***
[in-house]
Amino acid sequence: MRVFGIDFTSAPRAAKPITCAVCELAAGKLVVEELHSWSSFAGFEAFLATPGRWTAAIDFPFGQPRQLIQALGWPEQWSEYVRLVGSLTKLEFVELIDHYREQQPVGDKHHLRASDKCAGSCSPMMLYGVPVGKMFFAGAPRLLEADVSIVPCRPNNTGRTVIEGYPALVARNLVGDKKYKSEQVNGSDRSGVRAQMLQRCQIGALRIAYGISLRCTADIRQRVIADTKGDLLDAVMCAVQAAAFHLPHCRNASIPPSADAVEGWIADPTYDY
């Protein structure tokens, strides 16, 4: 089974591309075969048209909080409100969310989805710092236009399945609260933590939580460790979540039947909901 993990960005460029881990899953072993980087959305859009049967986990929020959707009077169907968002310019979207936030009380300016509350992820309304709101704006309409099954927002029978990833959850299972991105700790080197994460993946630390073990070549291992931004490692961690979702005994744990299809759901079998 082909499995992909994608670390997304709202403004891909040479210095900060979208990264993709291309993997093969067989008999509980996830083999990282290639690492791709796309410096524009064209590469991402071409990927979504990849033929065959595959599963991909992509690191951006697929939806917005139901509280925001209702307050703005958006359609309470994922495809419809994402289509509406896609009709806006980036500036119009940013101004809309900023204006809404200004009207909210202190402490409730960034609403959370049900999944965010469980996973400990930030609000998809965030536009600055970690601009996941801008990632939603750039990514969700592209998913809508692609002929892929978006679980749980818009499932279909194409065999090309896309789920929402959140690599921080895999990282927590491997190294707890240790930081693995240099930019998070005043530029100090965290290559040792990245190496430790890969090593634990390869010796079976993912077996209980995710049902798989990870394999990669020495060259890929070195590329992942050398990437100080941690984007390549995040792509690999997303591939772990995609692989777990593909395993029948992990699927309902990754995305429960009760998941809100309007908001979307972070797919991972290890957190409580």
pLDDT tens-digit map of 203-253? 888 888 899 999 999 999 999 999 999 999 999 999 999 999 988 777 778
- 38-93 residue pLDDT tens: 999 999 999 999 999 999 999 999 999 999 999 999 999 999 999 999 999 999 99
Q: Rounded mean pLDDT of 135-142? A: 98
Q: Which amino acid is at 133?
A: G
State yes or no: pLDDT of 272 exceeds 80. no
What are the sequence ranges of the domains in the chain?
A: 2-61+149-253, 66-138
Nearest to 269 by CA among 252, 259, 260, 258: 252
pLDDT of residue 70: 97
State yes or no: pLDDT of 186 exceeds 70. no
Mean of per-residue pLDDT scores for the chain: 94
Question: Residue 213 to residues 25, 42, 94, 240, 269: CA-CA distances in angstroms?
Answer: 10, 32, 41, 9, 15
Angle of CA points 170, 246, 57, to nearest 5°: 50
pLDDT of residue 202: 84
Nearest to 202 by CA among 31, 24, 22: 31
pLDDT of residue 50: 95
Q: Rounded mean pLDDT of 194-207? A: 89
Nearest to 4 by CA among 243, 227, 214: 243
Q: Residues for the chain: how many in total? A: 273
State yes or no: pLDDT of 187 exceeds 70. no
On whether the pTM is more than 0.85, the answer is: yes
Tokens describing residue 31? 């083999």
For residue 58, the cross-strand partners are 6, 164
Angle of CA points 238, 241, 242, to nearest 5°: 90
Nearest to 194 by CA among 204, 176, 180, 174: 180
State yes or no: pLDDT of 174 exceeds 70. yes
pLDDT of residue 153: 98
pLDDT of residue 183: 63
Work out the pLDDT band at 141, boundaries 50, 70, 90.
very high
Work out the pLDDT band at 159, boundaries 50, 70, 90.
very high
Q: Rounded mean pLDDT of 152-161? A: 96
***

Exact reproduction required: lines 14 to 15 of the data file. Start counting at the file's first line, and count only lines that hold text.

State yes or no: pLDDT of 186 exceeds 70. no
Mean of per-residue pLDDT scores for the chain: 94